In the summer of 2013, while Plaintiff still worked at Skanska, Ms. Egnell decided to reorganize learning and talent management at Skanska. Dkt. 24 at p. 3. Skanska hired an executive search firm to advertise for a position titled Senior Manager, Talent Development & Learning that included all of Plaintiff's duties. Id. at p. 4. Plaintiff and Defendants disagree about whether the advertised position contained duties in addition to those that Plaintiff performed when he was Senior Director of Learning. See Dkt. 35 at p. 3; Dkt. 29 at p. 6; Dkt. 37-1 at pp. 5-11; Dkt. 30 at p. 3; Dkt. 33 at pp. 8-9, 12-15. Ms. Egnell interviewed at least two people, first offering the position to a man named Marco Deraney, who, Ms. Egnell said, "could be approximately 50 years of age." Dkt. 24 at p. 4. Mr. Deraney declined the offer because the salary was not high enough and because it would have added to his commute. Id. at p. 4. Ms. Egnell stated in her declaration that she next offered the position to a thirty-four year old woman named Jamie Diamante who accepted the offer. Id. Ms. Egnell claimed in her declaration that she did not consider Plaintiff for the position because of the comments Plaintiff made that had offended her and his statements he did not believe in employee reviews. Id. at p. 3.

Ms. Egnell stated in her declaration that she spoke with the Chief Human Resources and Communications Officer at Skanska, Thomas Crane, about the need to terminate Plaintiff, and Mr. Crane approved the termination. Id. at p. 3. Ms. Egnell claimed in her declaration that Plaintiff's position was eliminated when the company created the new position. Id. at p. 4. At Plaintiff's mid-term review on August 14, 2013, Ms. Egnell terminated Plaintiff. Id. That same day, Ms. Egnell announced that Ms. Diamante would be starting as Skanska's Senior Manager, Talent Development & Learning. Dkt. 33 at p. 11. Several months later, while briefing a vendor on changes at Skanska, Ms. Egnell referred to Ms. Diamante in an email as Plaintiff's "replacement." Dkt. 33 at p. 15.

Since Skanska terminated Plaintiff, he has officially applied for one job. Dkt. 20 at pp. 17-18. Plaintiff decided to pursue a Ph.D. in Industrial and Organizational Psychology. Dkt. 29 at p. 4. Plaintiff stated in his deposition that he has not applied to more jobs because "I looked at some other jobs, but they were all - typically the salaries that they're seeking are significantly lower, and it would distract me from my primary objective, which is to get the degree." Dkt. 22-1 at p. 3. Defendants have identified three jobs they found through online searches that Plaintiff qualified for; however, the salary is not listed. Dkt. 21-1. Plaintiff claims that he wants to obtain his Ph.D. because he believes the degree is necessary to obtain a job with the same salary level he had at Skanska. Dkt. 22-1 at p. 3.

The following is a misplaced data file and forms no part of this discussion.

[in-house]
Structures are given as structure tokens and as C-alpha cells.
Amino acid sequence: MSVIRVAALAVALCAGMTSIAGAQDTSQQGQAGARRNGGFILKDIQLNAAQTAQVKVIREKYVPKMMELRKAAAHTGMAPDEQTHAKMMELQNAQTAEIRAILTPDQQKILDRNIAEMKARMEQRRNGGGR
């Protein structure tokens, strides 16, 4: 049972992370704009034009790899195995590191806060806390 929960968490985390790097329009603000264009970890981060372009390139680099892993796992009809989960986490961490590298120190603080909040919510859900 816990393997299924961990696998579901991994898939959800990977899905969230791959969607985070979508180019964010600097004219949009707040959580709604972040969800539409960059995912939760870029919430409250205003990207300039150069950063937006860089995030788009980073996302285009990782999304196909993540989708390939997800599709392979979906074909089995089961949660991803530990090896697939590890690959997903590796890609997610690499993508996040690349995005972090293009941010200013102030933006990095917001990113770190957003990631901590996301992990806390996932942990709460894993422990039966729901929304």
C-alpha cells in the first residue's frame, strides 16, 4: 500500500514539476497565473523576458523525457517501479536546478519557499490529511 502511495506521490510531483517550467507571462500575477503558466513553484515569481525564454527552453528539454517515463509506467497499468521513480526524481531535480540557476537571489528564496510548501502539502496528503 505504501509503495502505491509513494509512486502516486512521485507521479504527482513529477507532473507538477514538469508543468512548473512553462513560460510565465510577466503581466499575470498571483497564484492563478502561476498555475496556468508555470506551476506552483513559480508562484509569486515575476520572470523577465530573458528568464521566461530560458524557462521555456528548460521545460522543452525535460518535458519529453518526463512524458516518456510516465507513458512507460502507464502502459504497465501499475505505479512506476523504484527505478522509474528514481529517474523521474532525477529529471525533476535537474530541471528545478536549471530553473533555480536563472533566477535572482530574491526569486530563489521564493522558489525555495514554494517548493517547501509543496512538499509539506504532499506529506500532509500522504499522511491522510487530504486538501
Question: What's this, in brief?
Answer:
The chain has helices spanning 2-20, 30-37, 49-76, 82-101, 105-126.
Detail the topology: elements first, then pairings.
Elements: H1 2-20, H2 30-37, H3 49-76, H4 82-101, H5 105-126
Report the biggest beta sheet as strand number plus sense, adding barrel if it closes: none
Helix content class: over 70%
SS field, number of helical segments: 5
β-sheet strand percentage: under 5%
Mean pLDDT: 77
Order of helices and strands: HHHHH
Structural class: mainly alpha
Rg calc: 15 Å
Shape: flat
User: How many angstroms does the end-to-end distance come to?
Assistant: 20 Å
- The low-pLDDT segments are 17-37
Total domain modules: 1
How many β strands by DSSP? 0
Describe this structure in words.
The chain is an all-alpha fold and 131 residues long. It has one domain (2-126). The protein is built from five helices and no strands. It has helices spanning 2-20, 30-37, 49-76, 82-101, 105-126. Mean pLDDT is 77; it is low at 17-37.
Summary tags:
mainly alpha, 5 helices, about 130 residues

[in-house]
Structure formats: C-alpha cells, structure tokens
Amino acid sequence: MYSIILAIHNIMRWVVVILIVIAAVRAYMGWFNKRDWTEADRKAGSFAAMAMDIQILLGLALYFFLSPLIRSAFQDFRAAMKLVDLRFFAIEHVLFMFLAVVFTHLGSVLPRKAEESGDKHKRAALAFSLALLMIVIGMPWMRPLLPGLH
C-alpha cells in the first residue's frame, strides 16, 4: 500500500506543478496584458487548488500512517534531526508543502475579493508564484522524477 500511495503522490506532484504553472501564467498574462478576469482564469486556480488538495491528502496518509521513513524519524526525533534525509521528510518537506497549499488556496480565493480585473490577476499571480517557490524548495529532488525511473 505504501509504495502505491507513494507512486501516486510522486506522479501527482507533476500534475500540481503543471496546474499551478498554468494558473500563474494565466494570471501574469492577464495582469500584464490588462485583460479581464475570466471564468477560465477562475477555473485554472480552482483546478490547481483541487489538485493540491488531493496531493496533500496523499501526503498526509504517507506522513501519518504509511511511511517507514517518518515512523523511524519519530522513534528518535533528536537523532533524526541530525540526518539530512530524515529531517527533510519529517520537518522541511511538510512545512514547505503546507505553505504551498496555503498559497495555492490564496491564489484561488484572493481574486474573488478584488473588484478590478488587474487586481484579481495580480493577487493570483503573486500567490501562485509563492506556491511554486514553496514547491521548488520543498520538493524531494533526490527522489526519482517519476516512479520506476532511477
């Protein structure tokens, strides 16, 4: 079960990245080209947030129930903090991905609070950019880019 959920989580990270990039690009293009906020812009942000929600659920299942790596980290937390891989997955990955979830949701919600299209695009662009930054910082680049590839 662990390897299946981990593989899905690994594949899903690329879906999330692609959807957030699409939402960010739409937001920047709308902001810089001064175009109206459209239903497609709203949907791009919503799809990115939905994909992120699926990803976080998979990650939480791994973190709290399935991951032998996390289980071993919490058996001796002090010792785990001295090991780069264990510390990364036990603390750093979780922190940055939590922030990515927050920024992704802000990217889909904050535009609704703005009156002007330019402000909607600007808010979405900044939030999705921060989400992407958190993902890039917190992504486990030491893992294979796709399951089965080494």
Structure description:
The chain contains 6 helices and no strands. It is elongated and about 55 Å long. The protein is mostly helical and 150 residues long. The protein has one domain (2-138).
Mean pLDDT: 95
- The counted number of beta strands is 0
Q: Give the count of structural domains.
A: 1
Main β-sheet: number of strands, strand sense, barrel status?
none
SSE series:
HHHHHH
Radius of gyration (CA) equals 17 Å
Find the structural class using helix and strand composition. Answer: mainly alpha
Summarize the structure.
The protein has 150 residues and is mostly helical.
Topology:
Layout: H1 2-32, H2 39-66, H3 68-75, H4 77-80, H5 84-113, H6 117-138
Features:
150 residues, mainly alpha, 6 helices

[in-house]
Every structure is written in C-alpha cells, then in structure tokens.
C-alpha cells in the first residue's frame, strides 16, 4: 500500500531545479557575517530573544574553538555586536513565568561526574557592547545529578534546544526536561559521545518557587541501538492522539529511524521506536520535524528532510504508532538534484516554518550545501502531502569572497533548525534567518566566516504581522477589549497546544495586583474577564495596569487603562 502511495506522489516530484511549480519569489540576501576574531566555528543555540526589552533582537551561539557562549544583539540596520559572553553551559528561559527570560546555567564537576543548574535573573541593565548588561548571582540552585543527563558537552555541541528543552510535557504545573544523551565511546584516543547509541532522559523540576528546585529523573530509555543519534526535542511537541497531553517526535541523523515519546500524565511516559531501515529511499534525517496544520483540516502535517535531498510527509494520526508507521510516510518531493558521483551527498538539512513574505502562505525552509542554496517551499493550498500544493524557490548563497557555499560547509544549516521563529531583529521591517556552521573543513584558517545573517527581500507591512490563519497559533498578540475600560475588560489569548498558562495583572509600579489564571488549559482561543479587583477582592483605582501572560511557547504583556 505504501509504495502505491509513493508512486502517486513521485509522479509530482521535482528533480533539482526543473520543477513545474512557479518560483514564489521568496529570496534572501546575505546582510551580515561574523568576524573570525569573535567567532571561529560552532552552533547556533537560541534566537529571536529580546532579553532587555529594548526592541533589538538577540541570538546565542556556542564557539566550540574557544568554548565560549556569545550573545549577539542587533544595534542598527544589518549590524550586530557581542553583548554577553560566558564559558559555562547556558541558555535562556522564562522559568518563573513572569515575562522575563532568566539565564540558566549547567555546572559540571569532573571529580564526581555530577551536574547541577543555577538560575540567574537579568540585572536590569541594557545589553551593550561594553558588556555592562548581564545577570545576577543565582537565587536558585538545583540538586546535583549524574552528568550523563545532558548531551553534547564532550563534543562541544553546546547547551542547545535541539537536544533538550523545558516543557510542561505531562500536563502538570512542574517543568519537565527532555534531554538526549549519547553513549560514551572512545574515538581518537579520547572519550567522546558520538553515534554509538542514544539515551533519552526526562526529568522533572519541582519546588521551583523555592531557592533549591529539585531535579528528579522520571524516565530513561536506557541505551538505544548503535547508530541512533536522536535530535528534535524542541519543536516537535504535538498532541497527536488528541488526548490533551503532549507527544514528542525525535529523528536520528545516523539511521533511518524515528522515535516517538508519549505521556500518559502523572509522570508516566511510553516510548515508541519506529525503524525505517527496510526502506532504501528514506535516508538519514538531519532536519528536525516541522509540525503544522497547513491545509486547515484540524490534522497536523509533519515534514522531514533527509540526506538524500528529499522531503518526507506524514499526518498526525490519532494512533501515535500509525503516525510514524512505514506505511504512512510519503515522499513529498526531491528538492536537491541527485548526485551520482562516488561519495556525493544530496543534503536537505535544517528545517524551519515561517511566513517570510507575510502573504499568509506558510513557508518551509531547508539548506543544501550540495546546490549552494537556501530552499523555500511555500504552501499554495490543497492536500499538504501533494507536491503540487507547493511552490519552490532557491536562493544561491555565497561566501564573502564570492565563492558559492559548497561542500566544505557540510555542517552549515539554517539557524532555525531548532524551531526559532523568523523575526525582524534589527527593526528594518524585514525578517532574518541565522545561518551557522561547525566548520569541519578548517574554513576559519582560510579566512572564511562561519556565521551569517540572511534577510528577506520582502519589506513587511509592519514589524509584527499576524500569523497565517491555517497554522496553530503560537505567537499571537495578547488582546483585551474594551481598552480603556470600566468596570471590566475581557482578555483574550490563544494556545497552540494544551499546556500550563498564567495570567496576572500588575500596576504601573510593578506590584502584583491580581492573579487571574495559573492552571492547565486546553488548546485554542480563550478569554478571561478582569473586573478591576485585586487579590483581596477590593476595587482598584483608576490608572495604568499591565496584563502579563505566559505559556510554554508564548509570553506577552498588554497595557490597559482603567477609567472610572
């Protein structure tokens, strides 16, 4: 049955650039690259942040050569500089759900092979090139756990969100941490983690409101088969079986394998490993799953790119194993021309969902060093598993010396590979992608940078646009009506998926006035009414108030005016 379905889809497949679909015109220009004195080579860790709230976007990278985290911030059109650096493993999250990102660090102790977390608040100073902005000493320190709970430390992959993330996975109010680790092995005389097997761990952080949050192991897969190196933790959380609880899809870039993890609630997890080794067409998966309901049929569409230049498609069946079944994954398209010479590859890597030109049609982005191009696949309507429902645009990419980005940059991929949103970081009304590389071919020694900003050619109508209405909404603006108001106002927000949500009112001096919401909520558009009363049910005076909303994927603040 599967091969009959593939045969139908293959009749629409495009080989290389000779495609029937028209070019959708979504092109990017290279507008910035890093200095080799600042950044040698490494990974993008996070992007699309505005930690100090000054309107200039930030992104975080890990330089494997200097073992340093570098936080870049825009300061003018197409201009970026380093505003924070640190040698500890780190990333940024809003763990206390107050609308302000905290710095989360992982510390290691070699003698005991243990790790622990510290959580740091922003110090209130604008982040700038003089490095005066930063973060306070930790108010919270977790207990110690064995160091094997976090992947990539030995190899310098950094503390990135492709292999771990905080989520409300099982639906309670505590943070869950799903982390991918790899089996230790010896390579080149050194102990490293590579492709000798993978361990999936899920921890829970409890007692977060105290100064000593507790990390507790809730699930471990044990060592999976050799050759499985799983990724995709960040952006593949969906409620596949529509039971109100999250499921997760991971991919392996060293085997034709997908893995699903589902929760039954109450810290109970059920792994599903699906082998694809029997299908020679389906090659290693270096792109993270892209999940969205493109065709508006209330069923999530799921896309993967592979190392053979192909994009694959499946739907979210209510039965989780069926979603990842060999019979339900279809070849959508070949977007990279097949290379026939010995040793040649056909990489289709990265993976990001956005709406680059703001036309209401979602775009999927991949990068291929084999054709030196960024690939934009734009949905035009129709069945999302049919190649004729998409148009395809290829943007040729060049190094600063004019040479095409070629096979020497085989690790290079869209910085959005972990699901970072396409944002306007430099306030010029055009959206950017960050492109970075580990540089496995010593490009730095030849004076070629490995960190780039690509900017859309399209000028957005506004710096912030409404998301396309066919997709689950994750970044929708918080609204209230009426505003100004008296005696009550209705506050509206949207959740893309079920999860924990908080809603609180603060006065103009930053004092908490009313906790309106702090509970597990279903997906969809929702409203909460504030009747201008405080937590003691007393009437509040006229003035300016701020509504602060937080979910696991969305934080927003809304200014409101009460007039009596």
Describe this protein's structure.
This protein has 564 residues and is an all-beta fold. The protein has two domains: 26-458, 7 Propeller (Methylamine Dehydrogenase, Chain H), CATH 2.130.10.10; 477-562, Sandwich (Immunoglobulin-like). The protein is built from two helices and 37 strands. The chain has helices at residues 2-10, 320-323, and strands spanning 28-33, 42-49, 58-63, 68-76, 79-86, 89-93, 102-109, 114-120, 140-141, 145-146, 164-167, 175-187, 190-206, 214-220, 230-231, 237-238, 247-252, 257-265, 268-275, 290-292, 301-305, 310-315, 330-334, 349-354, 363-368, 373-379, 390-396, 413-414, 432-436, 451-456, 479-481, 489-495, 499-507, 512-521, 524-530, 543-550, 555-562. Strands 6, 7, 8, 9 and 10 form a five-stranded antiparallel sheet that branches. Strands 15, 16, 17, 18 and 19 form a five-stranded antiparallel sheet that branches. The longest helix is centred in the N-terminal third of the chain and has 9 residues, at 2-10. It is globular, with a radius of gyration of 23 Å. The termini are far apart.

III. SUMMARY JUDGMENT STANDARD

Summary judgment is proper only if the pleadings, the discovery and disclosure materials on file, and any affidavits show that there is no genuine issue as to any material fact and that the movant is entitled to judgment as a matter of law. Fed.R.Civ.P. 56(c). The moving party is entitled to judgment as a matter of law when the nonmoving party fails to make a sufficient showing on an essential element of a claim in the case on which the nonmoving party has the burden of proof. Celotex Corp. v. Catrett, 477 U.S. 317, 323 (1985). There is no genuine issue of fact for trial where the record, taken as a whole, could not lead a rational trier of fact to find for the nonmoving party. Matsushita Elec. Indus. Co. v. Zenith Radio Corp., 475 U.S. 574, 586 (1986) (nonmoving party must present specific, significant probative evidence, not simply "some metaphysical doubt."). See also Fed.R.Civ.P. 56(e). Conversely, a genuine dispute over a material fact exists if there is sufficient evidence supporting the claimed factual dispute, requiring a judge or jury to resolve the differing versions of the truth. Anderson v. Liberty Lobby, Inc., 477 U.S. 242, 253 (1986); T.W. Elec. Serv. Inc. v. Pac. Elec. Contractors Ass'n, 809 F.2d 626, 630 (9th Cir. 1987).

The determination of the existence of a material fact is often a close question. The court must consider the substantive evidentiary burden that the nonmoving party must meet at trial- e.g., a preponderance of the evidence in most civil cases. Anderson, 477 U.S. at 254, T.W. Elec. Serv. Inc., 809 F.2d at 630. The court must resolve any factual issues of controversy in favor of the nonmoving party only when the facts specifically attested by that party contradict facts specifically attested by the moving party. The nonmoving party may not merely state that it will discredit the moving party's evidence at trial, in the hopes that evidence can be developed at trial to support the claim. T.W. Elec. Serv. Inc., 809 F.2d at 630 (relying on Anderson, ...